America's new-look conservative-leaning US Supreme Court looks set to rule next year whether to overturn Barack Obama's flagship Obamacare policy. The highest court in America is expected to consider Mr Obama's signature political legacy after a judge in Texas declared it unconstitutional. Donald Trump, who tipped the balance in the court with controversial appointments, called the Texas ruling "Great news for America!" and said Obamacare was an "unconstitutional disaster". In Texas, Judge Reed O'Connor delivered his 55-page ruling on the eve of the deadline for Americans to sign up for 2019 health insurance coverage under Obamacare. Republicans have long opposed the health care system, officially introduced by the Affordable Care Act in 2010. President Barack Obama at his final press conference in January 2017 Credit: AFP Mr Trump made abolishing the programme one of his main campaign pledges in 2016, but an attempt to repeal it in Congress failed last year. Judge O'Connor said changes to the law introduced by Mr Trump's overhaul of the tax system in 2017 had affected the legality of Obamacare. The Tax Cuts and Jobs Act eliminated Obamacare's so-called "individual mandate" under which people who failed to sign up and pay for health insurance were subjected to a fine. Judge O'Connor ruled that the entire Affordable Care Act should now be struck down because the individual mandate had been the "keystone" of the programme. The law will remain in place pending an appeal process which is expected to reach the Supreme Court next year. Obamacare has been considered twice by the court before, in 2012 and 2015, and opponents lost. However, this will be the first time that Judge Brett Kavanaugh, the new conservative Supreme Court justice nominated by Mr Trump this year, will have an input. Brett Kavanaugh at his Senate confirmation hearing in September Credit: AP Five judges on the nine-strong court who voted for Obamacare previously are still in place. The case in Texas was brought by the administrations of 20 Republican US states, and opposed by a host of Democrat states. Nancy Pelosi, the incoming Democrat Speaker of the House of Representatives, said the ruling "exposes the monstrous endgame of Republicans' all-out assault" on people seeking affordable healthcare. She said: "This absurd ruling will be immediately appealed. Republicans are fully responsible for this cruel decision."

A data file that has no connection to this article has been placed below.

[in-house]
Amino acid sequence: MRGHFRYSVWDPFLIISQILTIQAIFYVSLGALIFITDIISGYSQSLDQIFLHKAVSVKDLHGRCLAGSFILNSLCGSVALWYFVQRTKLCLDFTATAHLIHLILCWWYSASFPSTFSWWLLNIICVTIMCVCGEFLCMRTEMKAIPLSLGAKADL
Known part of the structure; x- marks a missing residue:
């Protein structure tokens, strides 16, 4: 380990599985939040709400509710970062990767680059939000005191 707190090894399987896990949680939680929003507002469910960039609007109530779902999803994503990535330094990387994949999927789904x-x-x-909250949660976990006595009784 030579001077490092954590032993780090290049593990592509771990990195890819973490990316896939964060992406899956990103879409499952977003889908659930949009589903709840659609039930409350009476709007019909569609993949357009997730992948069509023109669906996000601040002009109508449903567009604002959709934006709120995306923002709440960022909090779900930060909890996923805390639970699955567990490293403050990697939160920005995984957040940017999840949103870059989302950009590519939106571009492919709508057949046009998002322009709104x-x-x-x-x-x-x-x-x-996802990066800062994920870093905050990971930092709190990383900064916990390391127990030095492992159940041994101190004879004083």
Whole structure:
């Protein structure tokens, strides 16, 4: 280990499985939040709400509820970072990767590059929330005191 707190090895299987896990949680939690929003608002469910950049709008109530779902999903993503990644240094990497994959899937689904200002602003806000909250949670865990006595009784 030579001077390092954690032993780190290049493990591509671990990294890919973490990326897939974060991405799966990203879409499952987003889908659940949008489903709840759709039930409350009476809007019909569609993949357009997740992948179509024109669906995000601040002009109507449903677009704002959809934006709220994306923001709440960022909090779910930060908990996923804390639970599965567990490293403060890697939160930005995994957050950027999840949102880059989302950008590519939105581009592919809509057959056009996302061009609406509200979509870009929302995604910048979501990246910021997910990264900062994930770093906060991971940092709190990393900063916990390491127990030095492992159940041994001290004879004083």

TALLAHASSEE, Fla. (AP) — After a spellbinding five-day trial that featured tales of infidelity and a multimillion dollar insurance payout, a jury on Friday convicted a Florida woman of helping mastermind the killing of her husband nearly two decades ago.
Representative Adam Schiff of California said on NBC’s “Meet the Press” Sunday that any type of compromise needs to be investigated. Schiff’s comments came three days after Wall Street critic Elizabeth Warren of Massachusetts and fellow Senate Democrat Chris Van Hollen called for a Banking Committee investigation of Deutsche Bank’s compliance with U.S. money-laundering regulations.
Several hundred people gathered in Strasbourg Sunday to honour the victims of an attack on the city's popular Christmas market that left four dead. The ceremony, organised by local rights associations with the approval of the city authorities, included music, singing and several readings. Earlier Sunday, police in the eastern French city, which is home to the European Parliament, released two close associates of the attacker, Cherif Chekatt who was on a French list of possible extremist security risks.